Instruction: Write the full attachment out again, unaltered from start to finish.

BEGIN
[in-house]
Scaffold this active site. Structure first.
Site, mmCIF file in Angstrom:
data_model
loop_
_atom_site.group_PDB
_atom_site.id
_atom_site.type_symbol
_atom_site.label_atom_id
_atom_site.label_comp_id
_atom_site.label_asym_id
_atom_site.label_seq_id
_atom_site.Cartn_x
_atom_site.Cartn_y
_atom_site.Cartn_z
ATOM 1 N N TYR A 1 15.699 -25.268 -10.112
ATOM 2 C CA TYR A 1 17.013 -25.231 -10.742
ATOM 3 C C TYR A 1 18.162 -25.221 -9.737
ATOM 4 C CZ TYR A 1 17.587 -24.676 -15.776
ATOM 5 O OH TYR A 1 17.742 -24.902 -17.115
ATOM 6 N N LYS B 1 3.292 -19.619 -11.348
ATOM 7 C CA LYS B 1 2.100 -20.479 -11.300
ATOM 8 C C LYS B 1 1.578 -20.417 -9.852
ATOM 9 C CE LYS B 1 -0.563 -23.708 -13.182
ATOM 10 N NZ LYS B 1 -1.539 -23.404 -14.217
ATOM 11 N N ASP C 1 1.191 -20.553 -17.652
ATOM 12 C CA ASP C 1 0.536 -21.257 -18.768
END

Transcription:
[in-house]
Scaffold this active site. Structure first.
Site, mmCIF file in Angstrom:
data_model
loop_
_atom_site.group_PDB
_atom_site.id
_atom_site.type_symbol
_atom_site.label_atom_id
_atom_site.label_comp_id
_atom_site.label_asym_id
_atom_site.label_seq_id
_atom_site.Cartn_x
_atom_site.Cartn_y
_atom_site.Cartn_z
ATOM 1 N N TYR A 1 15.699 -25.268 -10.112
ATOM 2 C CA TYR A 1 17.013 -25.231 -10.742
ATOM 3 C C TYR A 1 18.162 -25.221 -9.737
ATOM 4 C CZ TYR A 1 17.587 -24.676 -15.776
ATOM 5 O OH TYR A 1 17.742 -24.902 -17.115
ATOM 6 N N LYS B 1 3.292 -19.619 -11.348
ATOM 7 C CA LYS B 1 2.100 -20.479 -11.300
ATOM 8 C C LYS B 1 1.578 -20.417 -9.852
ATOM 9 C CE LYS B 1 -0.563 -23.708 -13.182
ATOM 10 N NZ LYS B 1 -1.539 -23.404 -14.217
ATOM 11 N N ASP C 1 1.191 -20.553 -17.652
ATOM 12 C CA ASP C 1 0.536 -21.257 -18.768